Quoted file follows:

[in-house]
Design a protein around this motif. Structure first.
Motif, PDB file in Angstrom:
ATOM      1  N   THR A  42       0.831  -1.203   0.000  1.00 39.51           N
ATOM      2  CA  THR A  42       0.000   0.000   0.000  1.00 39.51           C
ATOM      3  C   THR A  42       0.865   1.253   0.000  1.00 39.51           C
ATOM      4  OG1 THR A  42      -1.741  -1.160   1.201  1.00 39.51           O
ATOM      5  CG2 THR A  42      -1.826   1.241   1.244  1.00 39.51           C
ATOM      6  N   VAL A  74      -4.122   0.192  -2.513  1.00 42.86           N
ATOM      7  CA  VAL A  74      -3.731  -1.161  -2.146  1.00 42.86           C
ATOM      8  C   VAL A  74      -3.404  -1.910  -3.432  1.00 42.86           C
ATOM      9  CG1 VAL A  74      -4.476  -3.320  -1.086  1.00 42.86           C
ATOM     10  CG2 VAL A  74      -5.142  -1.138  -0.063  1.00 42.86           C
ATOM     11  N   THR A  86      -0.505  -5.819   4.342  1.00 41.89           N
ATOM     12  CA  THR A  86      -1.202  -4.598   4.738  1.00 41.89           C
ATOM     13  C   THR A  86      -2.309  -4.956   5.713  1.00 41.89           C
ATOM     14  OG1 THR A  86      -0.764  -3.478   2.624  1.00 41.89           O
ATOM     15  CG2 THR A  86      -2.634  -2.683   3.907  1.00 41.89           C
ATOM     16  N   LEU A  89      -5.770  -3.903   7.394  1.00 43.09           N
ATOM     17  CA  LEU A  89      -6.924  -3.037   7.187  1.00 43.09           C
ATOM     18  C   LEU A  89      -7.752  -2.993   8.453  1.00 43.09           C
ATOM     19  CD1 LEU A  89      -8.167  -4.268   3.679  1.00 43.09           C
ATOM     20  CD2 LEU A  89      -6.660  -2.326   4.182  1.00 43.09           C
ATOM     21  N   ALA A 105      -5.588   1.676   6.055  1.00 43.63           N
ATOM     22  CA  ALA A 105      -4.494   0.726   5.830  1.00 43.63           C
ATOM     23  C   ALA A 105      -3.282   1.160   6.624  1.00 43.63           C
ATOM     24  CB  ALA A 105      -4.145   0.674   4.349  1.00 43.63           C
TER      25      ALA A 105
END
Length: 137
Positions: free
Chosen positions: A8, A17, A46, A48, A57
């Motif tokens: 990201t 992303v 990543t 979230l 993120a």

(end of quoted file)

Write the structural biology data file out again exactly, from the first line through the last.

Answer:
[in-house]
Design a protein around this motif. Structure first.
Motif, PDB file in Angstrom:
ATOM      1  N   THR A  42       0.831  -1.203   0.000  1.00 39.51           N
ATOM      2  CA  THR A  42       0.000   0.000   0.000  1.00 39.51           C
ATOM      3  C   THR A  42       0.865   1.253   0.000  1.00 39.51           C
ATOM      4  OG1 THR A  42      -1.741  -1.160   1.201  1.00 39.51           O
ATOM      5  CG2 THR A  42      -1.826   1.241   1.244  1.00 39.51           C
ATOM      6  N   VAL A  74      -4.122   0.192  -2.513  1.00 42.86           N
ATOM      7  CA  VAL A  74      -3.731  -1.161  -2.146  1.00 42.86           C
ATOM      8  C   VAL A  74      -3.404  -1.910  -3.432  1.00 42.86           C
ATOM      9  CG1 VAL A  74      -4.476  -3.320  -1.086  1.00 42.86           C
ATOM     10  CG2 VAL A  74      -5.142  -1.138  -0.063  1.00 42.86           C
ATOM     11  N   THR A  86      -0.505  -5.819   4.342  1.00 41.89           N
ATOM     12  CA  THR A  86      -1.202  -4.598   4.738  1.00 41.89           C
ATOM     13  C   THR A  86      -2.309  -4.956   5.713  1.00 41.89           C
ATOM     14  OG1 THR A  86      -0.764  -3.478   2.624  1.00 41.89           O
ATOM     15  CG2 THR A  86      -2.634  -2.683   3.907  1.00 41.89           C
ATOM     16  N   LEU A  89      -5.770  -3.903   7.394  1.00 43.09           N
ATOM     17  CA  LEU A  89      -6.924  -3.037   7.187  1.00 43.09           C
ATOM     18  C   LEU A  89      -7.752  -2.993   8.453  1.00 43.09           C
ATOM     19  CD1 LEU A  89      -8.167  -4.268   3.679  1.00 43.09           C
ATOM     20  CD2 LEU A  89      -6.660  -2.326   4.182  1.00 43.09           C
ATOM     21  N   ALA A 105      -5.588   1.676   6.055  1.00 43.63           N
ATOM     22  CA  ALA A 105      -4.494   0.726   5.830  1.00 43.63           C
ATOM     23  C   ALA A 105      -3.282   1.160   6.624  1.00 43.63           C
ATOM     24  CB  ALA A 105      -4.145   0.674   4.349  1.00 43.63           C
TER      25      ALA A 105
END
Length: 137
Positions: free
Chosen positions: A8, A17, A46, A48, A57
């Motif tokens: 990201t 992303v 990543t 979230l 993120a």